Live Review: Miles Kane at The Engine Rooms

Live Review: Miles Kane at The Engine Rooms

Miles Kane treated his army of fans to a swaggering, high energy, rock n roll performance when he recently played at The Engine Rooms in Southampton, as part of his One Man Band tour following the release of his 5th album last year.

Thirteen years since his debut album Colour Of The Trap, Miles Kane continues to wow on stage with electric guitar playing, showmanship and a formidable presence that demands the attention of his baying crowd.

This evenings audience covered a hugely diverse age range, the usual faces of 30 to 40 year olds who have followed Kane from his debut album, were mixed in with much younger and older elements. The front row was filled with adoring teenage girls, complete with Arctic Monkeys tote bags and Last Shadow Puppets albums for signing. Along with an older element in the audience, showing again the far & wide reach of Kane’s music, bringing everyone together in one place. (This was also the case when I saw Miles Kane play in London 3 days later, with a grey haired gentleman, in his 60’s possibly 70’s, loving life in the mosh pit!)

Support band for this tour are The Royston Club, and I noted that some of the crowd were clearly there as much for them as they were Miles Kane, and knew all the words to every song. The songs themselves are great, the majority of which coming from their 2023 album ‘Shaking Hips and Crashing Cars’. Including their most well-known track ‘Mrs Narcissistic’.

The pre MK/warm up playlist list was clearly chosen to get the crowd into fine voice, with tracks by The Strokes and Oasis belting out before the lights drop, the screams and chants of ‘Miles, Miles, Miles fu#kin Kane’ start, and the main man struts on stage.

Kane doesn’t hang about, flying straight into ‘Troubled Son’, the opening track from last years album, which is delivered with power and ferocity. Followed by ‘Better Than That’ and ‘The Wonder’, the first three songs fly by.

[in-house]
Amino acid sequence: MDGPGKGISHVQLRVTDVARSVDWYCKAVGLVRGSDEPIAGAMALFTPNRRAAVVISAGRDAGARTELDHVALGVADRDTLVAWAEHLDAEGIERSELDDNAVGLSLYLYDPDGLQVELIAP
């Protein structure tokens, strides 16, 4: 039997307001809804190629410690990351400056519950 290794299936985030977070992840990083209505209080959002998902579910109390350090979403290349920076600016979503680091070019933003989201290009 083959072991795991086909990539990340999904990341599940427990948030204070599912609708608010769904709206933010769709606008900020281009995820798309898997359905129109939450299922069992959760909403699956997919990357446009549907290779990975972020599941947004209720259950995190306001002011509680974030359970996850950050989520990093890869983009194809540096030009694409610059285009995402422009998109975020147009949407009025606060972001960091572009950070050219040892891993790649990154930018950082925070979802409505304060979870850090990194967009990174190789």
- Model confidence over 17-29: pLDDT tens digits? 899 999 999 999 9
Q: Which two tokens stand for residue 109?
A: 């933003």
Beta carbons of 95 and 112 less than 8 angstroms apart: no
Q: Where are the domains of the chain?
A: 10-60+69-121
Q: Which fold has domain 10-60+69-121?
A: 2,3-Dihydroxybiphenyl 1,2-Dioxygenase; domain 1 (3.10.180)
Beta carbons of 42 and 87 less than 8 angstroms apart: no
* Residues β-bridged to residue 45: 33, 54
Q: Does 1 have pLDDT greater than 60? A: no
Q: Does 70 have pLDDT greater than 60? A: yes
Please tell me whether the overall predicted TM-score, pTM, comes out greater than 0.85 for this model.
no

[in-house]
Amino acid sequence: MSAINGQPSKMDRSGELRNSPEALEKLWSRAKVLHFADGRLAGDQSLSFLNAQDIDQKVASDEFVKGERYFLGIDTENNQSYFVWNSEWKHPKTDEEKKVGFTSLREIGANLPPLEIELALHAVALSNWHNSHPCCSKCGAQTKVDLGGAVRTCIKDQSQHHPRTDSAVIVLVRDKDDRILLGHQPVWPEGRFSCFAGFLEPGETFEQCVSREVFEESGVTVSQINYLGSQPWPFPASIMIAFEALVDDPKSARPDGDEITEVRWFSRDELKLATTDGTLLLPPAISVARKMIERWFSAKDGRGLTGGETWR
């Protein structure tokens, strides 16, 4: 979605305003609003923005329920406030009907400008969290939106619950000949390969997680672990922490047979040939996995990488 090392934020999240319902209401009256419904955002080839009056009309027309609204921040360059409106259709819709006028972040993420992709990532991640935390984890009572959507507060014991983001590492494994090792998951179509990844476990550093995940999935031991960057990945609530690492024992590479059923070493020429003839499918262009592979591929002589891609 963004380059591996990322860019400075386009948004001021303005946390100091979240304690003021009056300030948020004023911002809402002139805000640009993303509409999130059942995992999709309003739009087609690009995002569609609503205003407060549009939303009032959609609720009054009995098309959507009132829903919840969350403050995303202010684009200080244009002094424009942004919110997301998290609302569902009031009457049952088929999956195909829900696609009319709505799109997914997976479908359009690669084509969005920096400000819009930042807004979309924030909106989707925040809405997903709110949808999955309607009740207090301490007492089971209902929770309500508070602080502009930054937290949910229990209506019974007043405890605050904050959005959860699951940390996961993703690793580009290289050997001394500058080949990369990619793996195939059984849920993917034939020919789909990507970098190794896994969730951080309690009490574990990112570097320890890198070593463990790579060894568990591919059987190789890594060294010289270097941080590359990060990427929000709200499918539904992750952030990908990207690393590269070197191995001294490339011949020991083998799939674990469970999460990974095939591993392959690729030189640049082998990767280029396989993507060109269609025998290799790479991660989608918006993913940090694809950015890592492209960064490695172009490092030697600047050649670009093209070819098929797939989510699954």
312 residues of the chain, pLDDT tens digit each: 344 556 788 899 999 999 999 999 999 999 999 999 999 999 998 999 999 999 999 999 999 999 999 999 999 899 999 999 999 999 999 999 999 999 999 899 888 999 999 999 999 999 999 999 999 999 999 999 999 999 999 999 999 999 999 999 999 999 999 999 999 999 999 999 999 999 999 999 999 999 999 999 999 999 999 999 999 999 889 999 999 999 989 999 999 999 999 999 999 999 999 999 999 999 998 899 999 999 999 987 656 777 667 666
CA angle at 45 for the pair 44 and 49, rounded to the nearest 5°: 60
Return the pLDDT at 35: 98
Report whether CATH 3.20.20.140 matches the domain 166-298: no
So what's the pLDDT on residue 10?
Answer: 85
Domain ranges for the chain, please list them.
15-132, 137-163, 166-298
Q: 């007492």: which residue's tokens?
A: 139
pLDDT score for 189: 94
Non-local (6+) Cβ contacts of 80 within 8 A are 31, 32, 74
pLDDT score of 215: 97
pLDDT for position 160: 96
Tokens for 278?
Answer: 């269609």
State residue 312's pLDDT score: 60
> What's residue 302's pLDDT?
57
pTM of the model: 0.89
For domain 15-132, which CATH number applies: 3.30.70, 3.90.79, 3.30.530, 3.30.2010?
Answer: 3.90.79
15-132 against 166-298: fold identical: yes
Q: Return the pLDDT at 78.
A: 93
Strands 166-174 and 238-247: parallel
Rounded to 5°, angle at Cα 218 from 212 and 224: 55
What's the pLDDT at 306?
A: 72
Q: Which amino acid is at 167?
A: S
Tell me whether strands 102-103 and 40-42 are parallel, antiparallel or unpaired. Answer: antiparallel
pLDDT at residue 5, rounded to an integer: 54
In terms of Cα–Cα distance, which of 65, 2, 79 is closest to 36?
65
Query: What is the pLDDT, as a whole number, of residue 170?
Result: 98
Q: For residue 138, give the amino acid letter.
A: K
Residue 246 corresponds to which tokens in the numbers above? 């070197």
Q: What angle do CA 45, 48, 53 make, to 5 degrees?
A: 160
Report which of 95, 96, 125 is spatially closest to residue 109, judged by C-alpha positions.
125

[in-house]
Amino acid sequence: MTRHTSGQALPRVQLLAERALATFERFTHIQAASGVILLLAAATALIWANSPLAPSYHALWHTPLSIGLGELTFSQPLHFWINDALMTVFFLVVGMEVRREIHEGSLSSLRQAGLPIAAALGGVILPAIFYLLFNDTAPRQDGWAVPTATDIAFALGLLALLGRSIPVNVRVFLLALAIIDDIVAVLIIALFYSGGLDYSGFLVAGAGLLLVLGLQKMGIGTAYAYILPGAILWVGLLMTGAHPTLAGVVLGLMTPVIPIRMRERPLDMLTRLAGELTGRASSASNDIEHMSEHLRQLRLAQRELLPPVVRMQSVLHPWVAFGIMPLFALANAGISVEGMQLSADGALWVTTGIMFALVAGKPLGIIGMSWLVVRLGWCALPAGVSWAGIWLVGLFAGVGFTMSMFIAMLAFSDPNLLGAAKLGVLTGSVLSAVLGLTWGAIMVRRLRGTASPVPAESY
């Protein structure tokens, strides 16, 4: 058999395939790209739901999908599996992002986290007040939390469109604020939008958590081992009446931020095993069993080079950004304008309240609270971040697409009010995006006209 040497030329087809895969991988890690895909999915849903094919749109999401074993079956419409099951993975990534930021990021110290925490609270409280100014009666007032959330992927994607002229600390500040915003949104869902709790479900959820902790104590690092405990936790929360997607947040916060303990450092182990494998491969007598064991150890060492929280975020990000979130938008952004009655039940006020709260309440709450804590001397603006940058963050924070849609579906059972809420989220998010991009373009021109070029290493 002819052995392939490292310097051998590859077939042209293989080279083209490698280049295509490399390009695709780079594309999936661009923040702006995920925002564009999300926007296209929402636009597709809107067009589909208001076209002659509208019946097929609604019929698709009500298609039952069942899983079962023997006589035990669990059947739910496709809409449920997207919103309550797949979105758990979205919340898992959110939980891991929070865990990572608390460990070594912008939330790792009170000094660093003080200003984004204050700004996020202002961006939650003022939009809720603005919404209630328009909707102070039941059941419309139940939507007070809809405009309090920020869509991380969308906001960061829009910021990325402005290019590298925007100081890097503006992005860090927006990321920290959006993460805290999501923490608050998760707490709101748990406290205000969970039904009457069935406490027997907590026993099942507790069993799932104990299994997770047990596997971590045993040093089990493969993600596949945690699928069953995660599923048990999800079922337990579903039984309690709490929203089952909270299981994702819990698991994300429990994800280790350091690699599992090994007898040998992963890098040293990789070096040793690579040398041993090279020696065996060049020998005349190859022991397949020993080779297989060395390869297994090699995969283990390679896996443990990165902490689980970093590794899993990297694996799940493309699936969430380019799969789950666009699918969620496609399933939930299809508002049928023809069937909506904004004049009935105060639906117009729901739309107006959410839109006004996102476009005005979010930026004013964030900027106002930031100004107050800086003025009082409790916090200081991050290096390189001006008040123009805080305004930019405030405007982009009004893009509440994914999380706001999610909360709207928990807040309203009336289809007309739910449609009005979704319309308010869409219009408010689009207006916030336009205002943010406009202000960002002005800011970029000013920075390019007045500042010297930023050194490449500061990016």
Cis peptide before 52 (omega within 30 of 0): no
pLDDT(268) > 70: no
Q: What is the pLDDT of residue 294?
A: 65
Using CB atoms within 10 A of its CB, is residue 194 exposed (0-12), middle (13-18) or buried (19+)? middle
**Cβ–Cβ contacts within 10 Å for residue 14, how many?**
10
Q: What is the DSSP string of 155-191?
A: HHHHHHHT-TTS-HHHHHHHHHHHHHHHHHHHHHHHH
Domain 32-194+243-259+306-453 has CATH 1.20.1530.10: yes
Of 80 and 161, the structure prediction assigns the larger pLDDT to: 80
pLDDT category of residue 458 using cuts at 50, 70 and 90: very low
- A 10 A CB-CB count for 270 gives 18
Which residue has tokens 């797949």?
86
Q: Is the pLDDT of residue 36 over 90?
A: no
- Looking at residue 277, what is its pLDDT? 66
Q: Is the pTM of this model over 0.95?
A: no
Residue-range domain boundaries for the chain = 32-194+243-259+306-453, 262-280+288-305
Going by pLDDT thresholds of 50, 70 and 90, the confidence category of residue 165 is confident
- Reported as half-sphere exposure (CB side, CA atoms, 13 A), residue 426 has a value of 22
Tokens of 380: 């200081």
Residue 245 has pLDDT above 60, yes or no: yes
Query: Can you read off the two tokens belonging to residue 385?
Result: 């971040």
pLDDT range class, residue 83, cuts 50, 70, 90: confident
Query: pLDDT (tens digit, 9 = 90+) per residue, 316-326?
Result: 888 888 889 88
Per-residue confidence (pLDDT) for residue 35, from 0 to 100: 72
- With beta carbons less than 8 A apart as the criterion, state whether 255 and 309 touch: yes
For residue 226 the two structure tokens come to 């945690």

Kane performs ‘One Man Band’, the title track from his 2023 album, for the crowd is if he is their saviour and guiding light. ‘Then I will take the stage, And I’ll beat the drum until the dawn, To keep the darkness from your door, ‘Cause I’m your one-man band’. His army of fans love every minute, like this song was written for each of them individually, with Kane as their messiah.

There are a number of classic tracks that Kane weaves throughout the set. Including four tracks from his debut album, ‘Inhaler’, Colour Of The Trap’, ‘Rearrange’ and ‘Come Closer’. Each one brings cheers, a sea of fist and bouncy limbs, with every word launched back at Kane. The latter concluded the main set, with Kane acting as conductor of the audience (his orchestra). As the song finishes and he signals for quiet, leaning forward, almost above the fans, before singing ‘Aahh aahh aahh aahh’ and the crowd belt back ‘Oohh oohh oohh oohh’. Over & over until the bass drum sounds and the band launch back into the song. This is epic showmanship.

Kane and his band (Liam Toon – Drums, Nathan Sudders – Bass and Ben Rose – Guitar) return to the stage for one last hurrah, with a riotous version of ‘Don’t Forget Who You Are’. With the crowd again taking the role of backing vocals with Kane leading them all the way.

When I go to a Miles Kane gig, I always feel like I am part of something. It is more than a gig, and he is more than an artist. He puts on a show, every single time. With energy, passion, power, but delivered with humility and respect for his fans (so much so that I saw him twice on this tour).

Miles Kane is the man, end of.


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